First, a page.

Almost the entire film is built on this principle: something is constantly flickering on the screen, everyone is running and fussing, to quote the classic. The image sometimes becomes completely blurred, and the bright neon light fills the sweaty, bloody faces across the entire screen, and it seems that you can see each droplet separately. All this produces the desired effect; It seems that a little more, and you will feel the taste of blood personally when the next villainous face collapses.

In addition, the charismatic Kyanurivzian steadfastness and poise are completely offset here by the openly frantic gaze of Dev Patel, in whose eyes all the anger of this unjust world has accumulated.

We should not forget that “John Wick” relied more on its own surreal and slightly comic-book mythology (bizarre rituals and traditions of the killer universe, multiplied by the rules of the luxury hotel “Continental”), flirting with the aesthetics of samurai cinema or even a western. The Monkeyman narrative is based on Hindu mythology and does not hesitate to criticize the glaring social inequality and corruption in India, and no one really cares about any codes of honor. Because of this, and also taking into account the dramatic line, you won’t find any irony behind the bloody mess here during the day with fire.

Despite the fact that the plot is absolutely secondary and as old as the world of a revenge movie, visually it is a fascinating and very dynamic action attraction with a bright style and a dedication to the material on the part of the filmmakers that is noticeable to the naked eye.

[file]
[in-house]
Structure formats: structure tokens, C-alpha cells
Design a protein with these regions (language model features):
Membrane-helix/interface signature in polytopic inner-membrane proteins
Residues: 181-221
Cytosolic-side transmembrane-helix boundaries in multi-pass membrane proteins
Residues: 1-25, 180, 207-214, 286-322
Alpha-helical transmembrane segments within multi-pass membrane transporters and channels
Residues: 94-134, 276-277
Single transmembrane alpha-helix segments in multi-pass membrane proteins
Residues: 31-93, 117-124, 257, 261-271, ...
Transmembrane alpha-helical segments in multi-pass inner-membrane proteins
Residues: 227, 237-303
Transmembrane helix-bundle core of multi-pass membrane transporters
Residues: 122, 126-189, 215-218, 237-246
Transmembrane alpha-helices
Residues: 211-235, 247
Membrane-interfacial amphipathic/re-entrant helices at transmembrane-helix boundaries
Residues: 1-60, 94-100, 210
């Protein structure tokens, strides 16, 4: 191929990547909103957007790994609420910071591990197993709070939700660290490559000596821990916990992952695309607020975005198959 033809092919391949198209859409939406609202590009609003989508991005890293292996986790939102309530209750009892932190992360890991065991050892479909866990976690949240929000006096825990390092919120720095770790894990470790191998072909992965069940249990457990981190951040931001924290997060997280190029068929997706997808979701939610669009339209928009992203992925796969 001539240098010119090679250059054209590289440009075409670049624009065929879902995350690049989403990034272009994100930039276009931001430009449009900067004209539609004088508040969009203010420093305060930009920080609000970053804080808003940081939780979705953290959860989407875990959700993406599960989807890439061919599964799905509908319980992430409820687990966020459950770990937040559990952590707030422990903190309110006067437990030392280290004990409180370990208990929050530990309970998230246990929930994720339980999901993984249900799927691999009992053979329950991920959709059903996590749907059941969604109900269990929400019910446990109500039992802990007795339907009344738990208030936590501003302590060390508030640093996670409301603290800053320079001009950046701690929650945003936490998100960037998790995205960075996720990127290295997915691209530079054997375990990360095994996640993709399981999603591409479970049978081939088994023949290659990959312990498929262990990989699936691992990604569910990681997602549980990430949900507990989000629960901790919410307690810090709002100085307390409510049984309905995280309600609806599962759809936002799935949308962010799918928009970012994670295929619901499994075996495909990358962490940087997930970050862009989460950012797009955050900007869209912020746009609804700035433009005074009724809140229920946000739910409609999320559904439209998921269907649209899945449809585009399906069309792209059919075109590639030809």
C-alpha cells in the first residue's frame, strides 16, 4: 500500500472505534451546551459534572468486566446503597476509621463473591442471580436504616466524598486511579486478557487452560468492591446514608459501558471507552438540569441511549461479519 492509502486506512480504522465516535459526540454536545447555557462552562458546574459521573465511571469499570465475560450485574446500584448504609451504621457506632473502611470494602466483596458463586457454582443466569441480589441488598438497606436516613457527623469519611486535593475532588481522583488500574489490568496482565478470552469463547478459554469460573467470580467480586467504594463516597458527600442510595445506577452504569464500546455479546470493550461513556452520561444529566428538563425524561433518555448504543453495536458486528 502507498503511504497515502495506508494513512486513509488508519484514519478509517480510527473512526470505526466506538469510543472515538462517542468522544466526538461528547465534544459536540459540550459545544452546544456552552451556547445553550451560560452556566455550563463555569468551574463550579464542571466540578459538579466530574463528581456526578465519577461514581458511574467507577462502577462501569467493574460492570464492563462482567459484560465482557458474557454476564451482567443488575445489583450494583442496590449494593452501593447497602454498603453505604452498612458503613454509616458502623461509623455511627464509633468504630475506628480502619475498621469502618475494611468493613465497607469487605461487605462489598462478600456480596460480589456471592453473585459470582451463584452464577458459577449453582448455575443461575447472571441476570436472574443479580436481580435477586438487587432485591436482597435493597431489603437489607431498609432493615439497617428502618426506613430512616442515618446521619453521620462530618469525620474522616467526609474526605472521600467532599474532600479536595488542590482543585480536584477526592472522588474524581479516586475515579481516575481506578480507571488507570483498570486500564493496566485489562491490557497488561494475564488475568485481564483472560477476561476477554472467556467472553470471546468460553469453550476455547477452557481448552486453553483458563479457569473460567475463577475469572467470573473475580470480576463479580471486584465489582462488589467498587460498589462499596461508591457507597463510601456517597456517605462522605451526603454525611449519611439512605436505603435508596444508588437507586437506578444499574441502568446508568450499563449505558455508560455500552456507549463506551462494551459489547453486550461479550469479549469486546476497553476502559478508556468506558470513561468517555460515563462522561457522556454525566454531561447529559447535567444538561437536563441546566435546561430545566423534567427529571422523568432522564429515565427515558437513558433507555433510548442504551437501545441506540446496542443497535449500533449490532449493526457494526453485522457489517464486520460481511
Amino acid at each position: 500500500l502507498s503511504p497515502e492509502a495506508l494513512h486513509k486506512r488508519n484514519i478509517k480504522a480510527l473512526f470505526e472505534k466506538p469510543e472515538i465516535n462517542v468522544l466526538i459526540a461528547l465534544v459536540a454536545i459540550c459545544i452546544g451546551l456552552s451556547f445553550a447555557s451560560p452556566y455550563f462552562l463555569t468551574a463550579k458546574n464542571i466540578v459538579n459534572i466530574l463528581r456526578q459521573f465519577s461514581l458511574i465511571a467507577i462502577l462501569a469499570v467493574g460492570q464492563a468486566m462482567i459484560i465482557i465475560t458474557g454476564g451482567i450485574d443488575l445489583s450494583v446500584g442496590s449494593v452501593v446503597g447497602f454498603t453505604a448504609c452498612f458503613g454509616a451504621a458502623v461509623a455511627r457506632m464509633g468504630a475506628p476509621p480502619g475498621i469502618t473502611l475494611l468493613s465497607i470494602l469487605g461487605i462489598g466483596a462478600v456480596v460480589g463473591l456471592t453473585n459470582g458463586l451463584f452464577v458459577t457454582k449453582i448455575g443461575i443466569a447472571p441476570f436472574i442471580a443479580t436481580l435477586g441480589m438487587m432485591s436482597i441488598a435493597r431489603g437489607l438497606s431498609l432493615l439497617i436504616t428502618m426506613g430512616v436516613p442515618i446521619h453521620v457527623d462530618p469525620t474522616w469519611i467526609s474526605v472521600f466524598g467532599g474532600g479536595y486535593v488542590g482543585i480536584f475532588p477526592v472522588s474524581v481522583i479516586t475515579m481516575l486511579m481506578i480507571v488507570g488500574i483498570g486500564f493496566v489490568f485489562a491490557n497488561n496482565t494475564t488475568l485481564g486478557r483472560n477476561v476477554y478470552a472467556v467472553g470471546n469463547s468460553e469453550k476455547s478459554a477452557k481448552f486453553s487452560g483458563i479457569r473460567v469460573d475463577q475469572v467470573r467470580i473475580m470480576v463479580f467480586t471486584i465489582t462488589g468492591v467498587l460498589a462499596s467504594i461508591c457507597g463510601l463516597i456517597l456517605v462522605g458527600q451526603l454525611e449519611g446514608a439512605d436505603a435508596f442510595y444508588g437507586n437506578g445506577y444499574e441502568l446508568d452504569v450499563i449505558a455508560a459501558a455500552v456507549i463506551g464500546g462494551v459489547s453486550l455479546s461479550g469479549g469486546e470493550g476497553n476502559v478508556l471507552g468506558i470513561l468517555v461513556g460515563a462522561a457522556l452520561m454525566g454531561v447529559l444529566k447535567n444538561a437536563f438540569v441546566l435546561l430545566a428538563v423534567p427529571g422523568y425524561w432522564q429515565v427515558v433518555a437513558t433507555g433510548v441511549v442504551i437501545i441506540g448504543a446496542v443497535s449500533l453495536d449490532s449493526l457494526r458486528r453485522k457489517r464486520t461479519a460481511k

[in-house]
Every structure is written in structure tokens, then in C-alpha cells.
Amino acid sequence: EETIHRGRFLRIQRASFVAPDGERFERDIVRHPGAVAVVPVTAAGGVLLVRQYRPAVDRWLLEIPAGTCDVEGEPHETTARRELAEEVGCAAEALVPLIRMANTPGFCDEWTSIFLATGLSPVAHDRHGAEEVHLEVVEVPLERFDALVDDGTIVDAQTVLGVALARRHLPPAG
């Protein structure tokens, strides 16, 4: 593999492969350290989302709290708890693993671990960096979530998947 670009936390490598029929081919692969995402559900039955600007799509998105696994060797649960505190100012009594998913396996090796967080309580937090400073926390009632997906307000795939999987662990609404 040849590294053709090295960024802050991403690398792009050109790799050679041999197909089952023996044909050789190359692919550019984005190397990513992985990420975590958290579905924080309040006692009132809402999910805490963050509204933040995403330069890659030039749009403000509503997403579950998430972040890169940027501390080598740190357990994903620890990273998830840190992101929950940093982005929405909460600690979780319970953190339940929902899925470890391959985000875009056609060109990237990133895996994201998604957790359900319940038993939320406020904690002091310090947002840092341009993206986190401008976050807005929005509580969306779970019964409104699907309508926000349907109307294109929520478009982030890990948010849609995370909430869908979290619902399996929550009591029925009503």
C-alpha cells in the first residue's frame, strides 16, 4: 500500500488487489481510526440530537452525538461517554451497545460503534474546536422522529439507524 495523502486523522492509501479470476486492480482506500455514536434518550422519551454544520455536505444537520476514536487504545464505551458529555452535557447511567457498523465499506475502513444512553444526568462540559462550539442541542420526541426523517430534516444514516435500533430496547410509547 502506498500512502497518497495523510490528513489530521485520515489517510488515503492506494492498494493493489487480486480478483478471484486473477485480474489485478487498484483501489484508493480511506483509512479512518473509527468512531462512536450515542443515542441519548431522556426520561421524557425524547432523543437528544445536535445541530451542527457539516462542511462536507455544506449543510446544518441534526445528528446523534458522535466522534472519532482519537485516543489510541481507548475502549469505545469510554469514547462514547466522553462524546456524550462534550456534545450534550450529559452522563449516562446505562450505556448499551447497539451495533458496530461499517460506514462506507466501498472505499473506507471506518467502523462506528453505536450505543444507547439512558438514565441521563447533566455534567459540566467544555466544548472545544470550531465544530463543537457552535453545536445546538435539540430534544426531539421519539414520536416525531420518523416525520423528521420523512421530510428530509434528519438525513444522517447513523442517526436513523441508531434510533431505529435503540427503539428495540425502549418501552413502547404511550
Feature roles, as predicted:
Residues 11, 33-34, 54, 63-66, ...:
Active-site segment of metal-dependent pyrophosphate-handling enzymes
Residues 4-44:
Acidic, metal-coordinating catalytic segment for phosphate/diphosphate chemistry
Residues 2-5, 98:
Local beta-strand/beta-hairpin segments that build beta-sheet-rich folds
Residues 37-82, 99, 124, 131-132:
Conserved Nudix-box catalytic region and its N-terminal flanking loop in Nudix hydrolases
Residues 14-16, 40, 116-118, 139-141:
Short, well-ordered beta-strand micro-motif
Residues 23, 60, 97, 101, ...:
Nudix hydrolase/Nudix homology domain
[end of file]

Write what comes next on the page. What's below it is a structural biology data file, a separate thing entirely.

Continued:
In fact, all their efforts deserve respect and recognition, considering the heavy production of the film. At first, it was almost canceled due to the coronavirus pandemic; the creators also faced financial difficulties, and when the ubiquitous Netflix bought the rights to the show, it turned out that the streaming service was not ready to release the new product due to political and social commentary in the plot. Jordan Peele became the saving grace, thanks to whom the film not only appeared on screens, but also received a full-fledged theatrical release. And then came a ton of positive reviews from film critics (88% positive reviews on Rotten Tomatoes at the time of writing).

Overall, Dev Patel really did a great job and performed very well for a debut. He and the team of screenwriters understood perfectly well that there was no point in trying to deconstruct the genre by issuing yet another copy of outstanding predecessors without their own face. For example, there is an episode where the authors hint that now there will be a scene in the spirit of the cult “Oldboy”, but this does not happen.

And even though not everything in the film is perfect, Monkeyman looks quite original, and most importantly, interesting, so that you want to talk about the enrichment of the genre with a new bright representative instead of remembering some rough edges. Take them down with all your might, Dev!


“Monkeyman” still falls short of becoming a huge sensation, but it is two heads above typical State-movie or, for example, all five outright trash like the later “The Expendables.”